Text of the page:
NASA satellites eye troublesome Tropical Cyclone LusiMarch 10, 2014 in Earth / Earth Sciences
Tropical Cyclone Lusi has spawned warnings and watches in the Solomon Islands, Vanuatu, and New Zealand as it moves through the South Pacific Ocean. NASA's Terra and Aqua satellites provided visible and infrared views of the storm that revealed it has become better organized.
NASA's Terra satellite captured a visible image of Tropical Cyclone Lusi over Vanuatu on March 9 at 23:30 UTC. The image showed towering thunderstorms surrounded the center and northwestern quadrants of the storm.
The next day at 02:17 UTC, NASA's Aqua satellite passed over Lusi and captured infrared data on the storm that showed the thunderstorms rose high into the troposphere. The strongest thunderstorms had cloud top temperatures as cold as -63F/-52C. Multispectral satellite imagery showed that Lusi continued to consolidate and strong thunderstorms continue to develop. Those thunderstorms are wrapping into the center of circulation.
NASA and JAXA's Tropical Rainfall Measuring Mission satellite provided a microwave look at Lusi at 05:31 UTC/1:31 a.m. EST and showed the system continues to consolidate. TRMM data showed bands of strong thunderstorms had wrapped tightly around the center, and that the bulk of the deep convection is within the storm's northwestern quadrant.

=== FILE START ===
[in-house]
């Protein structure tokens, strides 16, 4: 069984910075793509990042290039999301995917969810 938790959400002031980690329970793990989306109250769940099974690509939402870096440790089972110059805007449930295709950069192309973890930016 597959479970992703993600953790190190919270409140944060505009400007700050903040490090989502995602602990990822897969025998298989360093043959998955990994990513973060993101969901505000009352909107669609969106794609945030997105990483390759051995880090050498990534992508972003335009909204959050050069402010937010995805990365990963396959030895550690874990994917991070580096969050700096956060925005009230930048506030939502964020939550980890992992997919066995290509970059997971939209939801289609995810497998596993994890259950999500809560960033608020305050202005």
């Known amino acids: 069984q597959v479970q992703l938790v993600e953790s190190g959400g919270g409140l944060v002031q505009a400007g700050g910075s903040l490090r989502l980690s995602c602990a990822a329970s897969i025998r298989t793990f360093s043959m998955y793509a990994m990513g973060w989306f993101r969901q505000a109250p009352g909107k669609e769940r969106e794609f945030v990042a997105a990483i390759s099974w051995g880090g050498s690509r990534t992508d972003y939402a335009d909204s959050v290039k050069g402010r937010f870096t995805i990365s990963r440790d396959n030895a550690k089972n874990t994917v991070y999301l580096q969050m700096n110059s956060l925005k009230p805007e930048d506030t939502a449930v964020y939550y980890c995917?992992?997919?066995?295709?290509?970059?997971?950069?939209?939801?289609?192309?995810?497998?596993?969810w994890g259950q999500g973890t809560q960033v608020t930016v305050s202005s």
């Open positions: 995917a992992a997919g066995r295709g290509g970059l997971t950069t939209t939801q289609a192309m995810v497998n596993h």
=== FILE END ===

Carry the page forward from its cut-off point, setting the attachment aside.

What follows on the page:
Lusi has spawned several watches and warnings. In the Solomon Islands a tropical cyclone watch is in effect for Temotu, Makira, Rennell and Bellona, as well as the southern Guadalcanal and Malaita provinces.
In Vanuatu, gale force winds were expected to continue to affect Torba, Sanma, Penama and Malampa Provinces on March 10 and 11 as the storm pushes south. The Vanuatu Meteorological Service expects very rough seas and heavy swells throughout Vanuatu. They noted that heavy rainfall and flooding are also expected over low lying areas and areas close to river banks on March 10. For further updates from the Vanuatu Meteorological Services, visit: http://www.meteo.gov.vu.
Farther south, New Zealand is already anticipating effects from Lusi. The Met Service of New Zealand noted in their discussion on March 10, that once Lusi moves closer "it could bring a spell of wet and windy weather especially to parts of northern New Zealand by the weekend." For further updates from the New Zealand Met Service, visit: http://www.metservice.com/.
On March 10 at 0900 UTC/5 a.m. EST, Tropical Cyclone Lusi had maximum sustained winds near 45 knots/51.7 mph/84.4 kph. It was centered near 15.0 south latitude and 166.7 east longitude, about 433 nautical miles/498.3 miles/801.9 km north of Noumea, New Caledonia. Lusi was moving to the west-southwest at 4 knots/4.6 mph/7.4 kph.
The Joint Typhoon Warning Center expects Lusi to run into cooler waters and increasing vertical wind shear that will help weaken the storm and transition it into an extra-tropical storm.
Provided by NASA's Goddard Space Flight Center
"NASA satellites eye troublesome Tropical Cyclone Lusi" March 10, 2014 http://phys.org/news/2014-03-nasa-satellites-eye-troublesome-tropical.html